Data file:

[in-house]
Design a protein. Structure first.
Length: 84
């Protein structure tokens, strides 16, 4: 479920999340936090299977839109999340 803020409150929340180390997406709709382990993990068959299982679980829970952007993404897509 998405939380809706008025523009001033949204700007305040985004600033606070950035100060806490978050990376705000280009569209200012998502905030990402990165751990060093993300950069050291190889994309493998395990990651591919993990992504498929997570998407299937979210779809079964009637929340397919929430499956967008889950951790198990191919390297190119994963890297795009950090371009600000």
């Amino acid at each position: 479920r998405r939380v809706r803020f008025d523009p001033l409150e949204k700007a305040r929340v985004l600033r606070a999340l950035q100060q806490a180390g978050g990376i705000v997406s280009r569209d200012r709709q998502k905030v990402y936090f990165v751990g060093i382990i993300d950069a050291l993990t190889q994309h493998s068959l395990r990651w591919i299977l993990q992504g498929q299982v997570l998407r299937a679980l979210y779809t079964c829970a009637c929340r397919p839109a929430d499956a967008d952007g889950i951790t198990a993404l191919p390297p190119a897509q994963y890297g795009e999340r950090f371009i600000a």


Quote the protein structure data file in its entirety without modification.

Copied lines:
[in-house]
Design a protein. Structure first.
Length: 84
């Protein structure tokens, strides 16, 4: 479920999340936090299977839109999340 803020409150929340180390997406709709382990993990068959299982679980829970952007993404897509 998405939380809706008025523009001033949204700007305040985004600033606070950035100060806490978050990376705000280009569209200012998502905030990402990165751990060093993300950069050291190889994309493998395990990651591919993990992504498929997570998407299937979210779809079964009637929340397919929430499956967008889950951790198990191919390297190119994963890297795009950090371009600000």
């Amino acid at each position: 479920r998405r939380v809706r803020f008025d523009p001033l409150e949204k700007a305040r929340v985004l600033r606070a999340l950035q100060q806490a180390g978050g990376i705000v997406s280009r569209d200012r709709q998502k905030v990402y936090f990165v751990g060093i382990i993300d950069a050291l993990t190889q994309h493998s068959l395990r990651w591919i299977l993990q992504g498929q299982v997570l998407r299937a679980l979210y779809t079964c829970a009637c929340r397919p839109a929430d499956a967008d952007g889950i951790t198990a993404l191919p390297p190119a897509q994963y890297g795009e999340r950090f371009i600000a």